Growing gourmet and medical mushrooms

Paul Stamets. Growing gourmet and medical mushrooms. - Ten Speed Press, 2000

Содержание

1. Mushrooms, Civilization and History

2. The Role of Mushrooms in Nature

3.Selecting a Candidate for Cultivation

4. Natural Culture: Creating Mycological Landscapes

5. The Stametsian Model: Permaculture with a Mycological Twist

6. Materials fo rFormulating a Fruiting Substrate

7. Biological Efficiency: An Expression of Yield

8. Home-made vs. Commercial Spawn

9. The Mushroom Life Cycle

10. The Six Vectors of Contamination

11. Mind and Methods for Mushroom Culture

12. Culturing Mushroom Mycelium on Agar Media

13. The Stock Culture Library: A Genetic Bank of Mushroom Strains

14. Evaluating a Mushroom Strain

15. Generating Grain Spawn

16. Creating Sawdust Spawn

17. Growing Gourmet Mushrooms on Enriched Sawdust

18. Cultivating Gourmet Mushrooms on Agricultural Waste Products

19. Cropping Containers

20. Casing: A Topsoil Promoting Mushroom Formation

21. Growth Parameters for Gourmet and Medicinal Mushroom Species

Spawn Run: Colonizing the Substrate

Primordia Formation: The Initiation Strategy

Fruitbody (Mushroom) Development

The Gilled Mushrooms

The Polypore Mushrooms of the Genera Ganoderma, Grifola and Polyporus

The Lion’s Mane of the Genus Hericium

The Wood Ears of the Genus Auricularia

The Morels: Land-Fish Mushrooms of the Genus Morchella

The Morel Life Cycle

22. Maximizing the Substrate’s Potential through Species Sequencing

23. Harvesting, Storing, and Packaging the Crop for Market

24. Mushroom Recipes: Enjoying the Fruits of Your Labors

25. Cultivation problems & Their Solutions: A Troubleshoting guide

Appendices

I. Description of Environment for a Mushroom Farm

II. Designing and Building A Spawn Laboratory

III. The Growing Room: An Environment for Mushroom Formation & Development

IV. Resource Directory

V. Analyses of Basic Materials Used in Substrate Preparation

VI. Data Conversion Tables

Glossary

Bibliography

Acknowledgments

OCR
GROWTH PARAMETERS

269

This species adapts well to liquid culture techniques. I prefer to use malt agar media supplemented
with 3-5 grams of alder sawdust. Once the cultures are grown out, they are blended in a stiner, sub-

proportioned into Erlenmeyers flasks containing malt sugar, yeast, and alder (2%;.l%: .5%
respectively), fermented for two days, and injected into sterilized rye grain. These liquid-inoculated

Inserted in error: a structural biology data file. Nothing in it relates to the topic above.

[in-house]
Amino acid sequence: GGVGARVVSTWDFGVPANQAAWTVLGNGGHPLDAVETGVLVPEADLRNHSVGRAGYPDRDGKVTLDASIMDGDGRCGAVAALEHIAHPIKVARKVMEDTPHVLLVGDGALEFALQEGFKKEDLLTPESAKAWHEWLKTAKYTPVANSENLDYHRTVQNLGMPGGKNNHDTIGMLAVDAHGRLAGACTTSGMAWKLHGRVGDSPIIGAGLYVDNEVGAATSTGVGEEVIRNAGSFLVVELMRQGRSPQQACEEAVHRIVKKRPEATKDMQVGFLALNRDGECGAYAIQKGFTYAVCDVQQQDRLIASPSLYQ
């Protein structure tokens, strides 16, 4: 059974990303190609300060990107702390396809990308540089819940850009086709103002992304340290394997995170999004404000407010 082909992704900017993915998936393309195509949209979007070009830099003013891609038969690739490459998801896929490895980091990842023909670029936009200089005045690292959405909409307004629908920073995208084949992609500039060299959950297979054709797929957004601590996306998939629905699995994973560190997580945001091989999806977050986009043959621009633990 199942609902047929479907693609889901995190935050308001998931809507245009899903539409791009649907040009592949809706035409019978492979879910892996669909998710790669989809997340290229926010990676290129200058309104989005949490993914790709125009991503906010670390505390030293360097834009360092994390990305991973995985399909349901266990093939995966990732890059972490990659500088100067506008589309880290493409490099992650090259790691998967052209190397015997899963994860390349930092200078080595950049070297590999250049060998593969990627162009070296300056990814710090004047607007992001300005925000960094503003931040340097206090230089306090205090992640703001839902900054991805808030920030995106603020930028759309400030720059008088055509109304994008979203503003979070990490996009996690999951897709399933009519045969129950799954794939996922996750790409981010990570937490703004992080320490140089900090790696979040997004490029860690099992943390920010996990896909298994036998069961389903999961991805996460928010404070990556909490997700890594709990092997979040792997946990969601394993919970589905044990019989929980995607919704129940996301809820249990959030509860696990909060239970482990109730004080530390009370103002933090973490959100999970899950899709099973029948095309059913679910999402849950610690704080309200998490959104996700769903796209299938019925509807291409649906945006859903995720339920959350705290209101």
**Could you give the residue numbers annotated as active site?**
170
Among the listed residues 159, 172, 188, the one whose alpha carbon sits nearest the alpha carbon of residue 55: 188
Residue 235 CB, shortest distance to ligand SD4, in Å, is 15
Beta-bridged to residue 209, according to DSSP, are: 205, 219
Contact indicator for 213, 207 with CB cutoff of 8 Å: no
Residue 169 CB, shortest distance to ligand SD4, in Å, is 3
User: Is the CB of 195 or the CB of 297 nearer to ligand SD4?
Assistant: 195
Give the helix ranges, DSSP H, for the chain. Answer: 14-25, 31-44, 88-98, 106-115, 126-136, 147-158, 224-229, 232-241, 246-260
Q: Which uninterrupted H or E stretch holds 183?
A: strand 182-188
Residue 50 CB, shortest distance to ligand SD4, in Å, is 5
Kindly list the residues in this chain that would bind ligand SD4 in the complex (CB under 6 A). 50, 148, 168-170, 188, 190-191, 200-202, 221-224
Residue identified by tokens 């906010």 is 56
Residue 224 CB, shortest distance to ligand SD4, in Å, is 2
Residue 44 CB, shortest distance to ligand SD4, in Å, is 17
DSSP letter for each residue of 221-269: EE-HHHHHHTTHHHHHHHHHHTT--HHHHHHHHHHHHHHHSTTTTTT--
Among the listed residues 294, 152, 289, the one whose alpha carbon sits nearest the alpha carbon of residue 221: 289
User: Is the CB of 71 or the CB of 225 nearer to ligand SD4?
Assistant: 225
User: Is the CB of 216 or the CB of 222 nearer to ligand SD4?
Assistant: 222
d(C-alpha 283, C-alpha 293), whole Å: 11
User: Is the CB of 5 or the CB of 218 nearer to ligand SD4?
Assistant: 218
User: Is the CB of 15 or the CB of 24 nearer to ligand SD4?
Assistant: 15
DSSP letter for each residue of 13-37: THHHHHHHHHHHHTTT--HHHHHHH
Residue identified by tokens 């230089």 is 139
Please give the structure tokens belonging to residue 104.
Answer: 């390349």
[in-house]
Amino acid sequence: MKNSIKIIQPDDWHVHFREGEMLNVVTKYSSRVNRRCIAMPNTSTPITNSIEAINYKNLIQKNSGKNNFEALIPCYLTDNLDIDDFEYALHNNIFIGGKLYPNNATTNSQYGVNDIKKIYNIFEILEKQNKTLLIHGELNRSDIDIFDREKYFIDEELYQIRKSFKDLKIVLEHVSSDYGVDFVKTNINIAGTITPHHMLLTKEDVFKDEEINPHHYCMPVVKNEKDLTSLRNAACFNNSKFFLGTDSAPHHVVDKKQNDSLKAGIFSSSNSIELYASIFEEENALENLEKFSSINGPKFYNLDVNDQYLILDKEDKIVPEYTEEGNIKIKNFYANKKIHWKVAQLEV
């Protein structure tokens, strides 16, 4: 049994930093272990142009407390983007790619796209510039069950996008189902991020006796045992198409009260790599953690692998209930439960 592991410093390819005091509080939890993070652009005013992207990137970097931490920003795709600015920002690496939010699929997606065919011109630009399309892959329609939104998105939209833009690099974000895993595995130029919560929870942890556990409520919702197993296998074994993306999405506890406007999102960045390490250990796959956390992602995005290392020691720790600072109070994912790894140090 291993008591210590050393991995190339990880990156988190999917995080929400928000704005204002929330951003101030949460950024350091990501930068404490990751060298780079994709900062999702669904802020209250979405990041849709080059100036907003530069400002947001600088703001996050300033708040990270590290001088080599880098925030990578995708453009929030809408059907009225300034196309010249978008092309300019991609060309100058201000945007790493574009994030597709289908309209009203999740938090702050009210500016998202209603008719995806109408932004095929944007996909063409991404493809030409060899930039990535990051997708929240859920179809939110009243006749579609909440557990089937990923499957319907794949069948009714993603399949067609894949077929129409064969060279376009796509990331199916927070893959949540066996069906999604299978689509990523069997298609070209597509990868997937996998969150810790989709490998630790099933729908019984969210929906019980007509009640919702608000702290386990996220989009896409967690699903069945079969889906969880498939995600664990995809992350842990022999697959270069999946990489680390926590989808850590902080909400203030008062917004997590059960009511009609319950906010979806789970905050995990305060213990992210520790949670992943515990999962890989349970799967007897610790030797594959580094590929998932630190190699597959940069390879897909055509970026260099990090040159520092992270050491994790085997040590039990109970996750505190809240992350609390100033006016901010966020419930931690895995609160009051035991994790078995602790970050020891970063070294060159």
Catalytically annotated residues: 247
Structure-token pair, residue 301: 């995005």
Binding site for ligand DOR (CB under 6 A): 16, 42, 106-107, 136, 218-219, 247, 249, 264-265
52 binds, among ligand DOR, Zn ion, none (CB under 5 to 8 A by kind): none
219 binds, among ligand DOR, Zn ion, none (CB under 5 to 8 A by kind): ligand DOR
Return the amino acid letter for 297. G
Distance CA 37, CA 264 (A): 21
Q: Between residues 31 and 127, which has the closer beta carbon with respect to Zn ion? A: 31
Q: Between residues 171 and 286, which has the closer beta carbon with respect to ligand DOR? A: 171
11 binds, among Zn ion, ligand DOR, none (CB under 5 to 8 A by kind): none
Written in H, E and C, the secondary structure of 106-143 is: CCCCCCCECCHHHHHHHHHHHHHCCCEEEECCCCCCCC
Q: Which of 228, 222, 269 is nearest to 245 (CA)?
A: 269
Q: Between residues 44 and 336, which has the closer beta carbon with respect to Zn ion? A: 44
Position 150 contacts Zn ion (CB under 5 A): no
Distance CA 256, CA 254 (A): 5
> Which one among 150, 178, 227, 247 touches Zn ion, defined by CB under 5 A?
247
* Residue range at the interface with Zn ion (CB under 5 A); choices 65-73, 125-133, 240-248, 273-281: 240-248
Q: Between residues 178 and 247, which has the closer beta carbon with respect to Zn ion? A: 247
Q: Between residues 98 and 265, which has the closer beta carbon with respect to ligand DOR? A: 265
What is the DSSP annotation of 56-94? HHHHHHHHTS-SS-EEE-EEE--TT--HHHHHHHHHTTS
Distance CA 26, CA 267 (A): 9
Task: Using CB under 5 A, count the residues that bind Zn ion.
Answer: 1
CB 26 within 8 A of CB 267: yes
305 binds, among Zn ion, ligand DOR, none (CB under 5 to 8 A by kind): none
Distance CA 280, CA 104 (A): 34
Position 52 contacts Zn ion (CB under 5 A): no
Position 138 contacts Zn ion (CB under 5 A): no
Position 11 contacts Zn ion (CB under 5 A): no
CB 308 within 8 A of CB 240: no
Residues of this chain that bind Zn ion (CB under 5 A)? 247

grain masters are then used to inoculate sawdust for the creation of sawdust spawn which can then be
used to inoculate the fruiting substrate: sawdust/chips/bran. For further information of Shiitake under
liquid culture conditions, see Raaska (1990), Yang & Jong (1987) and Leatham (1983).
SuggestedAgar Media: PDYA, MYA, and OMYA with the addition of .2% of the hardwood sawdust
used in the production block.

1st, 2nd and 3rd Generation Spawn Media: Rye, wheat, sorghum or corn throughout for the first
two generations. I recommend sawdust spawn for the third and final generation.
Substrates for Fruiting: Broad-leaf hardwoods such as oak, ironwood, sweetgum, beech, poplar,
cottonwood, and alder.
The formula described on page 162 utilizing sawdust, chips, rice or rye bran, and buffered with
gypsum is ideal for high yield, indoor production. At make-up this substrate hovers around 5.5-6.0.
Prior to fruiting, the pH drops to 3.5-4.5. (The optimal range for fruiting, according to Chang & Miles

(1989) falls between 4.2-4.6). Other recipes utilize a variety of supplements, including various
grains, the cereal brans, most flours, tea leaves, yeast, molasses etc. For further information on formulating sawdust-based media, consult Jong (1989), Royse & Bahier (1986), San Antonio (1981)
and Ando (1974). The Forest Research Institute of New Zealand published one of the first studies exploring the usefulness of pines (Pinus radiata—the Monterey Pine) which produced satisfactorily
yields when combined with a hardwood such as beech or poplar and supplemented with barley grain.
(The ratio was 6 parts pine: 3 parts hardwood: 1 part grain.)

Figure 246. 2-3 days after submersion, mushrooms
form below the surface, cracking the outer brown
skin,

4 days trom the soak tank, mushrooms
visibly extend beyond the surface plane of the sawdust block.

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